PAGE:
Students explore different paths after high school

Anika Canamedi, In-depth Editor

Highschool, College, Work, Retire: for many this is the perceived notion of how life would go. But, between the time of highschool and career, students have the opportunity to make many important decisions about their lives. These can range from the goals to have in college to opting for a different path or form of education to earn their livelihood. 

 

For many DGN students, the popular step after graduation is to enroll in a four-year university. “We really try to encourage students to consider the best fit in looking for a college.  Fit isn’t just the strength of a program, or the size and location of a campus, but also looking at the affordability, access to professors and additional assistance offered, whether the institution is more research based or teaching based, campus life, and the list can go on,” Counselor Mark Wasik said. 

 

Nationwide 19.9 million students enrolled in college in 2019, 13.9 million of those enrolled in four-year institutions.

 

 Choosing a college can be an arduous process for many, being a student athlete offers another layer of complexity. “Deciding I wanted to play sports in college definitely changed me because I had to start taking the ACT when I was a sophomore,” University of Illinois softball commit Abby Ryniec said. “For softball, you can start being recruited by schools once it is September 1st of your junior year so I had to take the ACT earlier than everybody else so I could send it to schools and put it on my profile.”

 

For hopeful college athletes, one must meet NCAA eligibility requirements and take NCAA approved courses. “We work with the student, but oftentimes will coordinate with a college coach,” Wasik said. 

 

Another popular option for DGN students is community college. “Every year between 250-300 Downers Grove North Seniors enroll at College of DuPage,” Highschool admissions representative for College of DuPage Stephanie Loconsole said.

 

Many students choose to attend College of DuPage until they collect 64 college credits, then opt to transfer out of community college to a university to earn a bachelor’s degree.

 

Community colleges also allows students to have more time to decide their major among other benefits. “Flexibility to live at home while going to school allows students to save money, and figure out what they want to study before making a big personal and financial commitment,” Loconsole said.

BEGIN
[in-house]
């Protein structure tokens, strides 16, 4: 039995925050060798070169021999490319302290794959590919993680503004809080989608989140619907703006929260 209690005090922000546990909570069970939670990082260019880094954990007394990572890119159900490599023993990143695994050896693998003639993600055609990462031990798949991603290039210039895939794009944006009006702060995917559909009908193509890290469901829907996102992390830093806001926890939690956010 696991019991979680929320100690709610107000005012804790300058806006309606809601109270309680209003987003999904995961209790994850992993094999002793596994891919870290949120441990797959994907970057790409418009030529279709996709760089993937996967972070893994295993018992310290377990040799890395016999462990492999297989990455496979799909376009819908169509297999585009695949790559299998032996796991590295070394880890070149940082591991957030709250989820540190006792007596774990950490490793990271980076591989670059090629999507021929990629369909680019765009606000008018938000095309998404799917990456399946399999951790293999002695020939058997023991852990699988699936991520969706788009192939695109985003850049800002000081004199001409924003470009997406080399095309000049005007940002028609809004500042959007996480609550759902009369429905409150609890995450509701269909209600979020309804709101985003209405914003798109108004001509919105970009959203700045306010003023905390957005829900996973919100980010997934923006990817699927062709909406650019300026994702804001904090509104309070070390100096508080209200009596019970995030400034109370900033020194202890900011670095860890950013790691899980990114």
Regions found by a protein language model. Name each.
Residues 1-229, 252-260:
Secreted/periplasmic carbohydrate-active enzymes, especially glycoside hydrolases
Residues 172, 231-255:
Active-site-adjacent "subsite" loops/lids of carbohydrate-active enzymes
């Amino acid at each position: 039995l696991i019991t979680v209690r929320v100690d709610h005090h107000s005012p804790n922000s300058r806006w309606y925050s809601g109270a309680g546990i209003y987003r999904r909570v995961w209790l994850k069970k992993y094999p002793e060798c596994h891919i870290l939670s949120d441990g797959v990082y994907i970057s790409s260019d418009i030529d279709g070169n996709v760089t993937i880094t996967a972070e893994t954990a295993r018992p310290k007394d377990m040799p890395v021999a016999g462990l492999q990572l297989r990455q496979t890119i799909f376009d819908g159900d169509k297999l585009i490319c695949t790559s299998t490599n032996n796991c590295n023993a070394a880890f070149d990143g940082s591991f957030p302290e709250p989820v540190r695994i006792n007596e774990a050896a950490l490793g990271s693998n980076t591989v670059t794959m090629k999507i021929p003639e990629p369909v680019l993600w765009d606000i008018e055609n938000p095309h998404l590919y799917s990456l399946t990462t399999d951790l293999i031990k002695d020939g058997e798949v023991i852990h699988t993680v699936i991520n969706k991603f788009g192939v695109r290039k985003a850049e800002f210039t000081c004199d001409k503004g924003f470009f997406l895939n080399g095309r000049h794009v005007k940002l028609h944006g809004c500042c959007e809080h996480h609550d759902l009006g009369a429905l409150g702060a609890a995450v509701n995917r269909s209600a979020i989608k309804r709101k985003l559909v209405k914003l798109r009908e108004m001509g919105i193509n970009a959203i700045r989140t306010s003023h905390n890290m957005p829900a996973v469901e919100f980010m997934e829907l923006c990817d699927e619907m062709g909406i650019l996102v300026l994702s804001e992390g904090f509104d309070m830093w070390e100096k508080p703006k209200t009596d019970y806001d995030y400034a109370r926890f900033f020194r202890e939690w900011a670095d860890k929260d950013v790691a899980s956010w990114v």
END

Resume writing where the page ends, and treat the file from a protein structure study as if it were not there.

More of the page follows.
Another option is trade school. 

 

A trade school would last for two years and then transition into a five year paid apprenticeship. The change at starting one’s financial life earlier is a primary motivator for many who choose this path

 

“I originally wanted to work with animals and then through…all that research I realized that it would be anywhere between four and eight years of schooling and the highest paying job was being a veterinarian and that was an average 30-40k a year. Whereas, going into the trades if you’re well skilled you can be making 90k a year. It allows me to live more of my life financially,” Senior Alison Wernett who plans on attending trade school to be an electrician said. 

 

However, Wernett feels that DGN does not do enough to expose students to this option. “Unfortunately I don’t see it much because it just isn’t emphasized in most classes,” said Wernett.

 

Another career option that is less seen among DGN students is the military. According to a survey of 212 DGN seniors, only four are choosing careers in the military.

 

Private Logan Maramba knew he wanted to enlist from a young age after looking up to his grandfather who had previously fought in Vietnam. “I went and did basic training over the summer and my commitment level right now is one weekend a month,” said Maramba.

 

Like Wernett he feels that more students should consider other careers outside of a four year college. “It [enlisting] should be seen as a more valid option,” said Maramba.

 

He plans to continue to pursue his career in the military while attending college. “I’m in the military and I’m getting my college paid for from them,” said Maramba. 

 

“College is not necessary for all students, but I believe that some form of education/training beyond high school is becoming increasingly important for students to maintain a competitive edge within our ever changing workforce,” said Wasik.